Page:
What makes a city great? It's a long and oft-debated answer, but one undeniable factor of a great city is the public realm—the parks, memorials, museums, and other public spaces that are available to all.
Yet there is often a deep chasm between the vision and implementation of projects intended to enhance the public realm. The reality is that many designs for these spaces and places never see the light of day. Overwhelmingly, the difference between a paper plan and a built project comes down to funding.
Here we offer a taxonomy of revenue generation strategies, identify latent opportunities to bring public realm projects to fruition, and share the true value of these projects.
In the public realm, there is a wide range of options for revenue generation. The primary mechanisms include:
1) Public Funding—appropriations, grants, loans, bonds, sales tax
2) Philanthropy and Corporate Sponsorship—sponsorship, foundations, friends groups, crowd funding
3) Earned Income—concessions, user fees, special use, concerts
4) Internal Real Estate—ground lease, PILOT, right-of-way lease, mineral or drilling rights
5) External Value Capture—TIF (tax increment financing), BID (business improvement districts), RETT (real estate transfer tax), developer incentives
Five mechanisms for revenue generation, illustration by Hernan Schlosman
Traditionally, a combination of public funding and philanthropy or corporate sponsorship is most frequently used to cover the capital cost of new public realm projects. Park projects tend to rely more heavily on public funds, while cultural institutions lean more toward philanthropy and corporate sponsorship.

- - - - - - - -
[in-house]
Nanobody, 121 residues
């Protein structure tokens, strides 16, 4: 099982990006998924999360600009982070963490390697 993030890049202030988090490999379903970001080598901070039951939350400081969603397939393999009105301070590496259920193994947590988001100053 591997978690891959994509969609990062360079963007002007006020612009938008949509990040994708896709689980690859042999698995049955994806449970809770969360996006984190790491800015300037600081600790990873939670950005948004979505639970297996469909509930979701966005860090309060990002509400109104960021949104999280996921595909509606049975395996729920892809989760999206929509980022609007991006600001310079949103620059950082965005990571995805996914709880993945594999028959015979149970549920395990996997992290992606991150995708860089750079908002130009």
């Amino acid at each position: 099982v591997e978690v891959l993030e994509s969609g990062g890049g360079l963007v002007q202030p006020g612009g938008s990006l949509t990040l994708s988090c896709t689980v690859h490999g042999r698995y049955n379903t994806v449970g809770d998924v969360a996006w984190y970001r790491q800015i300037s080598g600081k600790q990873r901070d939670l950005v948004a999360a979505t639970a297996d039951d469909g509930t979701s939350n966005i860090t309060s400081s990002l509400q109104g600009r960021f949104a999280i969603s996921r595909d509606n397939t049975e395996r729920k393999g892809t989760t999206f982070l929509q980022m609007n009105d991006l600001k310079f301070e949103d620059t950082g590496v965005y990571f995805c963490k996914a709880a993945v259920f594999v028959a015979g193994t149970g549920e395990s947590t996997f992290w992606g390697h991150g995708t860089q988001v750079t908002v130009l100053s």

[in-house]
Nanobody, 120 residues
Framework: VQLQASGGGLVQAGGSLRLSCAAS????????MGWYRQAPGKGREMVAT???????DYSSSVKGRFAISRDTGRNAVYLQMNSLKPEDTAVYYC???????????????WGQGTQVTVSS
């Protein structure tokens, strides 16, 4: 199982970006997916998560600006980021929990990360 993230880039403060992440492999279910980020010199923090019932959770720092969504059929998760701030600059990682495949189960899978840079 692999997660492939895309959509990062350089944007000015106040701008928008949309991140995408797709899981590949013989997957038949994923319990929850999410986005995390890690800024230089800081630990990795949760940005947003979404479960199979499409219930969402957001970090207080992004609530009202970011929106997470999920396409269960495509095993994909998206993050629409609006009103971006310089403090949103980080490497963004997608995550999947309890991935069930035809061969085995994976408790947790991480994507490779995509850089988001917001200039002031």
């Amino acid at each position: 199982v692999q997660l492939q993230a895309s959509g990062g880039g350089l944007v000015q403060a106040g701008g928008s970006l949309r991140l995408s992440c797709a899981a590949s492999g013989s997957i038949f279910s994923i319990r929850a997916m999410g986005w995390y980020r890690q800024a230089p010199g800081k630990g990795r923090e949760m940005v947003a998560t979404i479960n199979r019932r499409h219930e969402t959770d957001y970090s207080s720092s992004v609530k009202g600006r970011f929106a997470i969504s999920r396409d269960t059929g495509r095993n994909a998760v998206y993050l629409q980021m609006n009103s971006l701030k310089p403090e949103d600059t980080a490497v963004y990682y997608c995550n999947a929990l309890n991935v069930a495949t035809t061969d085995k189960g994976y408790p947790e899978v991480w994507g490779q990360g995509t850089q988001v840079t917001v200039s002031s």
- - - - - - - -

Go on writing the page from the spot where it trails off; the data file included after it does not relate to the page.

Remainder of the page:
During the last several years of fiscal restraint, there's been a notable trend: the public sector is increasingly reluctant to fund operating and maintenance costs for public realm projects in perpetuity. Public officials have pushed project sponsors to find alternative sources of operating funds. Here, earned income from things like concessions and special events has played a progressively larger role in raising revenue.
External value capture is probably the most untapped resource for funding public realm projects. While TIF (tax increment financing) and BID (business improvement districts) are well utilized for funding urban redevelopment projects and maintaining urban districts, they are underutilized in the public realm. Several high profile projects have leveraged these mechanisms—including Millennium Park in Chicago (which used TIF funds) and Bryant Park in New York (which employed BID)—but the vast majority of public projects have not. There is enormous potential for public realm projects nationwide to take advantage of external value capture.
External value capture is probably the most untapped resource for funding public realm projects.
By concurrently considering planning, design, and economics, we can not only fund public realm projects in new ways, but also create enormous utility for end users and boost the value of surrounding properties. A great example of this is the six blocks of the Chicago Riverwalk for which we led the design and simultaneously conducted an analysis on the economic benefits of the project for the City of Chicago. The city recently announced that the $100 million project will be funded using a federal Transportation Infrastructure Finance and Innovation Act (TIFIA) loan, and repaid through revenue generated by on-site retail and tour boat operations. Once constructed, this project will change the face of the Chicago riverfront and—we are confident—prove to be a wise investment culturally and economically.
We're excited about bringing our work in Chicago to the next phase, and about the opportunities that exist for the public realm in cities across the country as we leverage new ways to help our clients fund such projects.
Next week, Laura Marett and Jason Hellendrung write about how we helped bring a park in Cedar Rapids to fruition. Stay tuned!